The other section 11b includes a relatively short full height end portion 23 from which projects a longitudinally extending tongue 25 of reduced vertical extent at both top and bottom to make a snug slidable fit within slot 13 and of corresponding length. The vertical dimension of tongue 25, and thus of slot 13, is variable provided a reasonable degree of structural strength is imparted to the tongue and slot connection even when its parts are telescoped apart as far as permitted. As a rough rule of thumb, the vertical dimension of the tongue and individual legs is more or less about the same. In FIG. 1, the divider sections are shown in solid lines in fully telescoped condition with the inner ends thereof in abutting relation and in broken lines with section 11b carrying tongue 21 in partially extended position. Tongue 25 could be shorter than slot 13 but this would serve no purpose and reduce the extended length of the divider.
To insure that the tongue is securely retained within the slot, the mutually facing pairs of edges at both bottom and top of the tongue and slot are shaped for mating inter-engagement. For this purpose, as can be seen in FIG. 2, one edge of each pair (which can be on either the slot or tongue) configured (in cross-section) as a V-shaped groove which the other edge of the pair has a corresponding V-shaped projection. The fit between the edges of each pair (shown in rather idealized fashion in FIG. 2) should be close with at most little slack consistent with freely sliding relative movement therebetween.
Despite the fact that legs 15, 17 possess substantial resistance against movement within their own plane, it is nevertheless possible, particularly if enough stress should be applied to the divider sections while in maximally extended condition, for the legs to move apart slightly in their own plane enough to result in release of the groove and projection engagement between their mutually facing pairs of edges so that the two divider sections become separated. While such a separation in not fatal, it does necessitate re-insertion of the tongue into the slot and is an inconvenience. To eliminate this risk, small vertical reinforcement straps 27 are preferably affixed to the opposite sides of legs 15, 17 adjacent the free ends of the legs by e. g. heat fusion, adhesive or other suitable means of attachment. In FIG. 1, the strap on the remote side of the divider has been omitted to avoid confusion but both straps can be seen in the cross-sectional view of FIG. 3. As is evident in both views, straps 27 bridge the clearance between the two legs and define between them a narrow vertical channel for reception of tongue 25 while preventing the ends of legs 15, 17 from being forced apart within their own plane.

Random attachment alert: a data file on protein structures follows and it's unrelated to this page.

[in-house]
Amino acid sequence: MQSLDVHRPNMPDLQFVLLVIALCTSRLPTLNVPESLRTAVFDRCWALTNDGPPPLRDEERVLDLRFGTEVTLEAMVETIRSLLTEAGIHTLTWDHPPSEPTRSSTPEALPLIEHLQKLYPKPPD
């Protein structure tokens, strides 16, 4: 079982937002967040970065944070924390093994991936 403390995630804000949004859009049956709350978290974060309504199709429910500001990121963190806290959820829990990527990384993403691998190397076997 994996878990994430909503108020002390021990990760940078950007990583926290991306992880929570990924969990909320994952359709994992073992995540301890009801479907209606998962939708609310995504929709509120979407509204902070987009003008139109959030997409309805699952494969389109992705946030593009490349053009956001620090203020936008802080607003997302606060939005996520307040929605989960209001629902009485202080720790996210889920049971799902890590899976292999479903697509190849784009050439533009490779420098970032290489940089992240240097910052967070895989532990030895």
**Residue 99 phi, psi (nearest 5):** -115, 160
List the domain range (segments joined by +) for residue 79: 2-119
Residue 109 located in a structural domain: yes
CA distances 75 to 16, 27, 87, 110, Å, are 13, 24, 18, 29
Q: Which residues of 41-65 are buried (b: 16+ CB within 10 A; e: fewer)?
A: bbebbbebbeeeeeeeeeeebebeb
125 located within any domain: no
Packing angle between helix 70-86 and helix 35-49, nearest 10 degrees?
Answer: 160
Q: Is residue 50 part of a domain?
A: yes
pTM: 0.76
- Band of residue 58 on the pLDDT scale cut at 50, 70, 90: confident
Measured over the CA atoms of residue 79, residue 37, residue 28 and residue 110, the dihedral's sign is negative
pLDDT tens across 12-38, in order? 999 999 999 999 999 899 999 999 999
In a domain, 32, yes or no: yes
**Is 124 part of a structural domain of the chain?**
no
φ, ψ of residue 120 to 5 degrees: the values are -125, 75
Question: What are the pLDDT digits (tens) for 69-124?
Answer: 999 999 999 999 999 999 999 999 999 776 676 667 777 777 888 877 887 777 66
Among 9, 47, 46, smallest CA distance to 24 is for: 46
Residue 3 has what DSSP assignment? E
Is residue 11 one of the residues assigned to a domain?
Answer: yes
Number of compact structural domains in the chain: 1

Adjacent the opposite or outer ends of the divider (although other locations are possible) are laterally extending feet 27a, 27b one on each of the two divider sections. The feet contact the shelf or other supporting surface along their lower edges and extend laterally to either side of the plane of the divider a length sufficient to hold the divider panel as a whole stably in an erect position. This length will depend on the height of the panel. For the example having a height of about 21/4 inches, a foot having a total maximum lateral dimension of about one inch is satisfactory but should obviously be greater for higher panels. One can easily determine by simple trial and error what base length is required for a panel of increased height. The feet can have a variety of shapes. Side arms defining with the panel an inverted "T" in end elevation would serve the purpose but might be susceptible to breakage. Another simple and more preferred design is a triangle, e, g, an isosceles triangle, affixed in perpendicular relation to the outer corner of each of the end portions 21, 23 of the respective divider sections with the triangle base resting on the supporting shelf surface. The feet in an event can be (and preferably are) molded integrally with the corresponding sections or can be formed separately and attached with adhesive or other means.